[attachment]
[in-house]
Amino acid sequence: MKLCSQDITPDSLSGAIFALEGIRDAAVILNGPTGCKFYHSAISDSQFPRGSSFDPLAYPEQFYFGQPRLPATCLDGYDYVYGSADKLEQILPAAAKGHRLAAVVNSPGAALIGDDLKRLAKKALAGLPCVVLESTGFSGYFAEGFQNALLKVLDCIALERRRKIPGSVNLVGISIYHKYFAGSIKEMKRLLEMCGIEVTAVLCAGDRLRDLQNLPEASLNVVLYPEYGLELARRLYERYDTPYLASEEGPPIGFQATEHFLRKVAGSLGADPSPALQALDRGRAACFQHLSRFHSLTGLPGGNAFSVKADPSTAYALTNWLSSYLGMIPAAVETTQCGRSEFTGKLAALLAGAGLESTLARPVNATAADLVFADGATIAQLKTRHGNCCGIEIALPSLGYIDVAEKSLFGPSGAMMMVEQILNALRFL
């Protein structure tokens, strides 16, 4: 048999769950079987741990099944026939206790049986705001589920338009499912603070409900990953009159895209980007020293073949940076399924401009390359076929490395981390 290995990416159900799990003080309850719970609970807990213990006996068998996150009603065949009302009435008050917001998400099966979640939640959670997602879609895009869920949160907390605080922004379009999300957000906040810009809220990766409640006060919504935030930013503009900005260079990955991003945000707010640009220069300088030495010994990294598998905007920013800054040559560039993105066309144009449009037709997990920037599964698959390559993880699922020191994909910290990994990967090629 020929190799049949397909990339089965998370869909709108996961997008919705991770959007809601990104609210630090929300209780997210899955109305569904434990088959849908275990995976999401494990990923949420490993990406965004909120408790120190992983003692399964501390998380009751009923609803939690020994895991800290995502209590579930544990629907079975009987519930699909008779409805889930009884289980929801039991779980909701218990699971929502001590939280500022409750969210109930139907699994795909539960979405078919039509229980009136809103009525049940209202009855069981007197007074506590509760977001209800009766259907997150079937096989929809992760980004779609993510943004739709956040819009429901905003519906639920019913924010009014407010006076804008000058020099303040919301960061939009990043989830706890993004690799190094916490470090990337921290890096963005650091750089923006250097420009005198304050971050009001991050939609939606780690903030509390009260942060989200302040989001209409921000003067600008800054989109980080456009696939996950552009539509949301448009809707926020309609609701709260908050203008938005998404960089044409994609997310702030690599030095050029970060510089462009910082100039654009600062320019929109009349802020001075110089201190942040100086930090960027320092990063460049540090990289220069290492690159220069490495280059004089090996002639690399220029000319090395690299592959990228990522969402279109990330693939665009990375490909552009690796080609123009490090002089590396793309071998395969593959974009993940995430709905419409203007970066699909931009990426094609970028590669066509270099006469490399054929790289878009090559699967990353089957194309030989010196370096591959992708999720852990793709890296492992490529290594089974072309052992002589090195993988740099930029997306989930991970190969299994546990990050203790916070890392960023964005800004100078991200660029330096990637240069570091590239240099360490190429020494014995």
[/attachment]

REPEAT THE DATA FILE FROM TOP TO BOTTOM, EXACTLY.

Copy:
[in-house]
Amino acid sequence: MKLCSQDITPDSLSGAIFALEGIRDAAVILNGPTGCKFYHSAISDSQFPRGSSFDPLAYPEQFYFGQPRLPATCLDGYDYVYGSADKLEQILPAAAKGHRLAAVVNSPGAALIGDDLKRLAKKALAGLPCVVLESTGFSGYFAEGFQNALLKVLDCIALERRRKIPGSVNLVGISIYHKYFAGSIKEMKRLLEMCGIEVTAVLCAGDRLRDLQNLPEASLNVVLYPEYGLELARRLYERYDTPYLASEEGPPIGFQATEHFLRKVAGSLGADPSPALQALDRGRAACFQHLSRFHSLTGLPGGNAFSVKADPSTAYALTNWLSSYLGMIPAAVETTQCGRSEFTGKLAALLAGAGLESTLARPVNATAADLVFADGATIAQLKTRHGNCCGIEIALPSLGYIDVAEKSLFGPSGAMMMVEQILNALRFL
């Protein structure tokens, strides 16, 4: 048999769950079987741990099944026939206790049986705001589920338009499912603070409900990953009159895209980007020293073949940076399924401009390359076929490395981390 290995990416159900799990003080309850719970609970807990213990006996068998996150009603065949009302009435008050917001998400099966979640939640959670997602879609895009869920949160907390605080922004379009999300957000906040810009809220990766409640006060919504935030930013503009900005260079990955991003945000707010640009220069300088030495010994990294598998905007920013800054040559560039993105066309144009449009037709997990920037599964698959390559993880699922020191994909910290990994990967090629 020929190799049949397909990339089965998370869909709108996961997008919705991770959007809601990104609210630090929300209780997210899955109305569904434990088959849908275990995976999401494990990923949420490993990406965004909120408790120190992983003692399964501390998380009751009923609803939690020994895991800290995502209590579930544990629907079975009987519930699909008779409805889930009884289980929801039991779980909701218990699971929502001590939280500022409750969210109930139907699994795909539960979405078919039509229980009136809103009525049940209202009855069981007197007074506590509760977001209800009766259907997150079937096989929809992760980004779609993510943004739709956040819009429901905003519906639920019913924010009014407010006076804008000058020099303040919301960061939009990043989830706890993004690799190094916490470090990337921290890096963005650091750089923006250097420009005198304050971050009001991050939609939606780690903030509390009260942060989200302040989001209409921000003067600008800054989109980080456009696939996950552009539509949301448009809707926020309609609701709260908050203008938005998404960089044409994609997310702030690599030095050029970060510089462009910082100039654009600062320019929109009349802020001075110089201190942040100086930090960027320092990063460049540090990289220069290492690159220069490495280059004089090996002639690399220029000319090395690299592959990228990522969402279109990330693939665009990375490909552009690796080609123009490090002089590396793309071998395969593959974009993940995430709905419409203007970066699909931009990426094609970028590669066509270099006469490399054929790289878009090559699967990353089957194309030989010196370096591959992708999720852990793709890296492992490529290594089974072309052992002589090195993988740099930029997306989930991970190969299994546990990050203790916070890392960023964005800004100078991200660029330096990637240069570091590239240099360490190429020494014995």